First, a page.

Common Software Features
The variety of software programs used by the Department of Defense and the
U. S. Navy make it impractical to discuss each program and undesirable to
select only one program for inclusion in this chapter.
There are, however,
several features and options common to a majority of software programs.
There is no attempt to identify individual programs in this section. Your
software may or may not have any of these features.
Cursers and pointers indicate a current position on the screen. Common
cursers are blinking horizontal or vertical bars and are usually moved by the
keyboard or mouse. Pointers are usually associated with the mouse and
appear as arrowheads, trailing arrowheads, crosshairs, hourglasses, I-beams,
prohibiting circles, hands, and sometimes bars and cross hairs with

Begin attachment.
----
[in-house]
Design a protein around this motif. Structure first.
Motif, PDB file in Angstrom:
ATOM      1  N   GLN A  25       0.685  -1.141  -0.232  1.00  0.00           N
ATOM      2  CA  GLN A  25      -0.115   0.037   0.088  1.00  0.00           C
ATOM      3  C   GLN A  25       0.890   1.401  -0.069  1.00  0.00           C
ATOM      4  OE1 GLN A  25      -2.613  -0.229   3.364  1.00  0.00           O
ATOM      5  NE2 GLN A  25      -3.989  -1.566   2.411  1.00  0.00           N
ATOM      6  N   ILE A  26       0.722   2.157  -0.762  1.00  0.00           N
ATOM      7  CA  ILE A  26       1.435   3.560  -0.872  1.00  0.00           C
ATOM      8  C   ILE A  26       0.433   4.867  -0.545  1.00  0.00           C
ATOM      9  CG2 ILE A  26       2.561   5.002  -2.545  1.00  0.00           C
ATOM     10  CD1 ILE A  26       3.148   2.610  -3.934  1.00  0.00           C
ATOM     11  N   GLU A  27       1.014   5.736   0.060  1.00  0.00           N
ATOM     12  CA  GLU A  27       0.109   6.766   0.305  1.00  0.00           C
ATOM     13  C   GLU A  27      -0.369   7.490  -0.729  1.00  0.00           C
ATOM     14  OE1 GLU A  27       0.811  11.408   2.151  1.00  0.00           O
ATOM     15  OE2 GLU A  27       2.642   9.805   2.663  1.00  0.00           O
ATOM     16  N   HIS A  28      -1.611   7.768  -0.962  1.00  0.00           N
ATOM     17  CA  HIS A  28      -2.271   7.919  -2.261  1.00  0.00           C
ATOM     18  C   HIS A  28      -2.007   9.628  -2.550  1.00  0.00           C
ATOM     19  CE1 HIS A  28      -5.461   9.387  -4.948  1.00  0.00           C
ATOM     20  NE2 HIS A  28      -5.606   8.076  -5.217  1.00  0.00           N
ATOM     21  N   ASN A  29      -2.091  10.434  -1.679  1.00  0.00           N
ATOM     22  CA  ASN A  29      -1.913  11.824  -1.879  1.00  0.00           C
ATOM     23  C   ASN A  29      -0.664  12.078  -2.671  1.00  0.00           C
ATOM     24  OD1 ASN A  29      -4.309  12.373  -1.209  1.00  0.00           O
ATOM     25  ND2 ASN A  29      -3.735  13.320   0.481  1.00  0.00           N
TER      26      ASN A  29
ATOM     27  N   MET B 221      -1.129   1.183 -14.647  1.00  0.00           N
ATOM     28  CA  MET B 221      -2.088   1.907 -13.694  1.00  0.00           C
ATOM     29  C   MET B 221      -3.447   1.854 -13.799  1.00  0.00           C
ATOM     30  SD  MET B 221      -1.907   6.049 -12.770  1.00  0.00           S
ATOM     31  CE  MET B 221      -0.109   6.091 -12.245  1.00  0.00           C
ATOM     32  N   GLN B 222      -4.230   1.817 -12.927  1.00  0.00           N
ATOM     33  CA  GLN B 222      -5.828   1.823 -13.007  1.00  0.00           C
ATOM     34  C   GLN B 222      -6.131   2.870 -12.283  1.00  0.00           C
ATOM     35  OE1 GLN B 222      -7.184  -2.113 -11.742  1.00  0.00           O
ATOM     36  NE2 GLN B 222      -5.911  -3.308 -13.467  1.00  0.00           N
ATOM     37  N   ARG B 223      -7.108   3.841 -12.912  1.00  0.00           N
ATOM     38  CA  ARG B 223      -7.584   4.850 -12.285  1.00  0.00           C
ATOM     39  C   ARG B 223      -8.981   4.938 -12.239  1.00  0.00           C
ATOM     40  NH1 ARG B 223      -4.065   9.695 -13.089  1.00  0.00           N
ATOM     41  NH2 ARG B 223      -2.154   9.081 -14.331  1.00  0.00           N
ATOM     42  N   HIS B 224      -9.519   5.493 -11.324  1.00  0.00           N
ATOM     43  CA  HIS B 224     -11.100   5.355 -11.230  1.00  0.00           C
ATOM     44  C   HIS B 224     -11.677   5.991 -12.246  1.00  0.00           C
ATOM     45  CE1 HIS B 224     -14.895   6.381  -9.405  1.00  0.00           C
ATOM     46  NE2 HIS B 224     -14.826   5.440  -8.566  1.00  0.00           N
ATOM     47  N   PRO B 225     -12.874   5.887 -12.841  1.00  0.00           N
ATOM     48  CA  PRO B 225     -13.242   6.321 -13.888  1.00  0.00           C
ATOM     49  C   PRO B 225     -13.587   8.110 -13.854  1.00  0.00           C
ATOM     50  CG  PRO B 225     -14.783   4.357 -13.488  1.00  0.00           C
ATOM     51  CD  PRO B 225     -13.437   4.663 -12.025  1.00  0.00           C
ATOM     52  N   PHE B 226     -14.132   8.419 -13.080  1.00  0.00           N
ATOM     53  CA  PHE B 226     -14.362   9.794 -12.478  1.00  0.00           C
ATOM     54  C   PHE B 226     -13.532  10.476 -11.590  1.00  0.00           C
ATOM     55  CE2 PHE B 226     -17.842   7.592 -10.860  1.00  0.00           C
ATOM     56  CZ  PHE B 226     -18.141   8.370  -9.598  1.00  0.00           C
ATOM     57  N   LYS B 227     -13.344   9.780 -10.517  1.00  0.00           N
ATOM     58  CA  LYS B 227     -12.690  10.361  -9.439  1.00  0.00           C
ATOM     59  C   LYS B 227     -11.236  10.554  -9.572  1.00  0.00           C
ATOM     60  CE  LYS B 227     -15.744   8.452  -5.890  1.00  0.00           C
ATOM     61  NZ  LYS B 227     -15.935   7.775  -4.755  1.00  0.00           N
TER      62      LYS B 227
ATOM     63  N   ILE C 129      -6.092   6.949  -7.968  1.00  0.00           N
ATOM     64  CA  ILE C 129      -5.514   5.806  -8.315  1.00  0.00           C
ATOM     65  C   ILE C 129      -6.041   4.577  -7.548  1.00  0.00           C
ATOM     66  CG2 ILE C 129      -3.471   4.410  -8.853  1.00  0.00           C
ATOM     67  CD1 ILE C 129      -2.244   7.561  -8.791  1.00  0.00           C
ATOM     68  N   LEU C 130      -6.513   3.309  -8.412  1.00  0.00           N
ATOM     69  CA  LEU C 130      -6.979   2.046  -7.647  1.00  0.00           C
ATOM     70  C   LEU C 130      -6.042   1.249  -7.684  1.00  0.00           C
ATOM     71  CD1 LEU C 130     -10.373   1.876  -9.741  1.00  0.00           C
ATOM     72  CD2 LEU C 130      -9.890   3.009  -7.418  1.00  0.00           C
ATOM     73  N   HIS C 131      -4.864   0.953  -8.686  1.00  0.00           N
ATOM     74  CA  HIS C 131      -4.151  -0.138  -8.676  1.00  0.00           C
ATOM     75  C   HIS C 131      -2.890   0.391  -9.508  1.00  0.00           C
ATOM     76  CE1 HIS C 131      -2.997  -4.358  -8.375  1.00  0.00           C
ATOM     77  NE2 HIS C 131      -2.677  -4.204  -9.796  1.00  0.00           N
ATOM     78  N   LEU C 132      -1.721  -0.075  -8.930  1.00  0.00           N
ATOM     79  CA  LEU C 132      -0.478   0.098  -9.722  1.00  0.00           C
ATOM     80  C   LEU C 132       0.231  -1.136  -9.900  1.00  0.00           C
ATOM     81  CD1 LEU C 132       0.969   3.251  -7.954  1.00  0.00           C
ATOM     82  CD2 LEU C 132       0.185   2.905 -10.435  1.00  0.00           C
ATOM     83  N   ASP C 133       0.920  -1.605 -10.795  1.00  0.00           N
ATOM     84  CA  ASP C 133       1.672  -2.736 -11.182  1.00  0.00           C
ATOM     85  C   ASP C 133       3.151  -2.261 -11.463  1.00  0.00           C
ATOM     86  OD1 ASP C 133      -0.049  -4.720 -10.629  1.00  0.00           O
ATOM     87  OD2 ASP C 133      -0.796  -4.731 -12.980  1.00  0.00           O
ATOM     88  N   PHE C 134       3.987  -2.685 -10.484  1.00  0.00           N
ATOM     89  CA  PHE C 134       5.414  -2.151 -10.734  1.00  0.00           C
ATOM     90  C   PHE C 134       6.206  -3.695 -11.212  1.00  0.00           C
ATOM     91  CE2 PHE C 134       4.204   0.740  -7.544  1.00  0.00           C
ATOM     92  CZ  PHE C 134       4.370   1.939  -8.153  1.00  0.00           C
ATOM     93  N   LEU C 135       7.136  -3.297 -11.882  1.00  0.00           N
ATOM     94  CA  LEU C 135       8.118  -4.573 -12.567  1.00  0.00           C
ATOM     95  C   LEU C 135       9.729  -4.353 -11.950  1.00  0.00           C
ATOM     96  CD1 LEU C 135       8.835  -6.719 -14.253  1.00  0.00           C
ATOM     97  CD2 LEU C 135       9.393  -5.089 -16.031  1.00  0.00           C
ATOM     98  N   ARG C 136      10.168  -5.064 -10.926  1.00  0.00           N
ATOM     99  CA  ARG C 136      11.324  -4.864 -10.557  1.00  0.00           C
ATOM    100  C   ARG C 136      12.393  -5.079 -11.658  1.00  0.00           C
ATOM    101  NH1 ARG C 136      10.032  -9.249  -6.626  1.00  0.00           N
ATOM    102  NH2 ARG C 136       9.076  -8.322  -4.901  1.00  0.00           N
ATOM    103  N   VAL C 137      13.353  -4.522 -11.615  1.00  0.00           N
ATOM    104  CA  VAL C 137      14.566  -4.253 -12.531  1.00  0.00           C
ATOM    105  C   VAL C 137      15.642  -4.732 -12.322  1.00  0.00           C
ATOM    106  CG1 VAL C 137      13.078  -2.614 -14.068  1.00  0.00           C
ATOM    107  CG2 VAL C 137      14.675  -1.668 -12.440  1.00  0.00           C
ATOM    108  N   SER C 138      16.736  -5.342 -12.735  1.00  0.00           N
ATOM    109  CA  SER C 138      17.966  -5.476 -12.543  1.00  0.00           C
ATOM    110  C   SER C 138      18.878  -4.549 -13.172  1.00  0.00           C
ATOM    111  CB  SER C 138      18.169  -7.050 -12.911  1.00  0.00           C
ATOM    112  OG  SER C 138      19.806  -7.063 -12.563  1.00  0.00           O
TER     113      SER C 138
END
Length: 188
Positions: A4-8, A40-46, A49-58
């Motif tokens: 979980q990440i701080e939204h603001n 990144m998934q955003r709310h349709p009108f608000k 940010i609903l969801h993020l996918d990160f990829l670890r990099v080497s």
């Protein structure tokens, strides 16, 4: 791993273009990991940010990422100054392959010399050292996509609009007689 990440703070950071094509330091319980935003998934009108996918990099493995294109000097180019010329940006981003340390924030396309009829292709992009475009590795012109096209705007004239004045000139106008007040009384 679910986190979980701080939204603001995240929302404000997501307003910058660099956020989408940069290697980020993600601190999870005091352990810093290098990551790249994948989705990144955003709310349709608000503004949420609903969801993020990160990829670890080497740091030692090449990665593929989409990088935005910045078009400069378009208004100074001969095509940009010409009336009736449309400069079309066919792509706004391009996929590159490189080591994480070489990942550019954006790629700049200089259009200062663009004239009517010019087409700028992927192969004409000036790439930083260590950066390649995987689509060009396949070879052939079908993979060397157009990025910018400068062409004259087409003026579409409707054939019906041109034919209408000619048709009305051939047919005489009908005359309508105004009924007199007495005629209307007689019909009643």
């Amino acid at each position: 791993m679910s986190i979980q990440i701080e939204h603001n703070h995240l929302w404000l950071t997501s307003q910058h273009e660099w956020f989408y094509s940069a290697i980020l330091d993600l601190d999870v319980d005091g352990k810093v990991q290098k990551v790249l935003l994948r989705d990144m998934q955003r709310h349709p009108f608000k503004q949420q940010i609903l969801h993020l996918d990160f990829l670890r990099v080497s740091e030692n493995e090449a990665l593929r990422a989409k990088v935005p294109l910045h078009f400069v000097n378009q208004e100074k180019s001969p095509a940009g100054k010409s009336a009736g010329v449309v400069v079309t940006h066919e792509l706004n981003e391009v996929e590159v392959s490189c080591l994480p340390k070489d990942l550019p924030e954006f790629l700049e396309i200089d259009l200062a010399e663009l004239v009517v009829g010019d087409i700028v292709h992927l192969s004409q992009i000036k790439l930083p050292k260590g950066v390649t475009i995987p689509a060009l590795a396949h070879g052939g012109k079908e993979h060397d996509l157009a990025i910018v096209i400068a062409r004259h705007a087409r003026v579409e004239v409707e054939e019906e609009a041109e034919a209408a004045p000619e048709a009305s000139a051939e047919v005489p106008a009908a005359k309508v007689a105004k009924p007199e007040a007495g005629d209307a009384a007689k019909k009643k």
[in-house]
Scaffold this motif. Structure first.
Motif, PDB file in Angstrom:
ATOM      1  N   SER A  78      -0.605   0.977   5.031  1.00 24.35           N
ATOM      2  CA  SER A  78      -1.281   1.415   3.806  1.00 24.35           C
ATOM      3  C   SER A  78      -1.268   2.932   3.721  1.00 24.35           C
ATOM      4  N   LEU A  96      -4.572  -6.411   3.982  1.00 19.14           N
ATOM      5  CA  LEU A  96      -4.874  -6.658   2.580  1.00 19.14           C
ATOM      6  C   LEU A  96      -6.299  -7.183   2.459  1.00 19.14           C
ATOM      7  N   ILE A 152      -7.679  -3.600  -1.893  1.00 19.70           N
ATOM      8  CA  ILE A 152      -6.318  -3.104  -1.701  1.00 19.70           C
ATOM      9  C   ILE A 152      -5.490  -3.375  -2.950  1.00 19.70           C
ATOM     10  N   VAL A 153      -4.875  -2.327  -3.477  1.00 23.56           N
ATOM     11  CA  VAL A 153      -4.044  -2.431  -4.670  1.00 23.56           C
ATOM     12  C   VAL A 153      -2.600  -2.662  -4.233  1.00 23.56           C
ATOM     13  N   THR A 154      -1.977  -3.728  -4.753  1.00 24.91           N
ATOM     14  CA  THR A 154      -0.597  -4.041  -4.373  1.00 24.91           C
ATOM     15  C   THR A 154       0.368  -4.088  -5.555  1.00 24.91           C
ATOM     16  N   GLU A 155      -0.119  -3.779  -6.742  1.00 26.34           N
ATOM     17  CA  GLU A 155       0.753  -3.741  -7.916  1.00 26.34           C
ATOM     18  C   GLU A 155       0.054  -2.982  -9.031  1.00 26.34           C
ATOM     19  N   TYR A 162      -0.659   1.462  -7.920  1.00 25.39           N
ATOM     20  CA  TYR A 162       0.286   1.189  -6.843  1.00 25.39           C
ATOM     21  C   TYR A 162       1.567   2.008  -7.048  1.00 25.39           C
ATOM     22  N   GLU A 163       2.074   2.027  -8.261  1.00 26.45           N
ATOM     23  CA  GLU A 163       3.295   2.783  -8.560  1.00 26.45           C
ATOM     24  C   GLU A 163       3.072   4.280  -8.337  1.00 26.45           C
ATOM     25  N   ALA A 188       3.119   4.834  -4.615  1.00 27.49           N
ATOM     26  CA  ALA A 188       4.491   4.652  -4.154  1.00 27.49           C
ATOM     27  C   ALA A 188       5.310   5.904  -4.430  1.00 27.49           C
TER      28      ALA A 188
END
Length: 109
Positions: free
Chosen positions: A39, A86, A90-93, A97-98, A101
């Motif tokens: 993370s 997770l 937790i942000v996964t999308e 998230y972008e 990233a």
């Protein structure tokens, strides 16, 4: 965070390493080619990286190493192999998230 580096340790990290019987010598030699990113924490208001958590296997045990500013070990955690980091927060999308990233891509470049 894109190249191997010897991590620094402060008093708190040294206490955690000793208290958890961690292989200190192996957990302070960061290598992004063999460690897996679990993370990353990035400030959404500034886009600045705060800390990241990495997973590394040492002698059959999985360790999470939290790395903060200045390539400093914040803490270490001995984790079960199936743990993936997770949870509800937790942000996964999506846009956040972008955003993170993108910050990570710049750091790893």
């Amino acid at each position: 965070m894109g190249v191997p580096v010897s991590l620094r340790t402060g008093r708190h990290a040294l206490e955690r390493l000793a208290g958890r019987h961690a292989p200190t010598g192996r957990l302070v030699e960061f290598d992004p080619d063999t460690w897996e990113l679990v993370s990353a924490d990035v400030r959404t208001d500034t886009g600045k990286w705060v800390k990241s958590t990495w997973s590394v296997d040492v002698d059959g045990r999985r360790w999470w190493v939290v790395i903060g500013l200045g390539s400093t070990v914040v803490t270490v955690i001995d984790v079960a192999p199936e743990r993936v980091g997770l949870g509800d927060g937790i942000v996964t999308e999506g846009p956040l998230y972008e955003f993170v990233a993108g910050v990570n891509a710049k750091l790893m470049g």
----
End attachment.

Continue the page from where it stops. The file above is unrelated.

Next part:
Figure 8-2 shows a variety of common cursers and pointers.
Figure 8-2.Common cursers and pointers.
A blinking, heavy-weighted bar usually precedes text.
Its place is to the left of the next character. A mouse (rapid action input
device) pointer may also appear on the screen, but as a non-blinking I-beam.
The I-beam moves as the mouse moves.
The blinking bar moves by
operating the keyboard, curser control keys, or by repositioning the bar with
the mouse and clicking to anchor it in place.
ARROWHEADS and TRAILING ARROWHEADS:
when you use a mouse to move around the screen in graphics software
The tip of the arrowhead must touch the section or item you
intend to alter. If the image of the arrowhead tail lingers, it is said to be
CROSSHAIRS: Crosshairs representing the curser or pointer appear when
using the draw feature of graphics programs or desktop publishing programs.
Crosshairs allow more precise positioning by focusing on a picture element
Continued on next page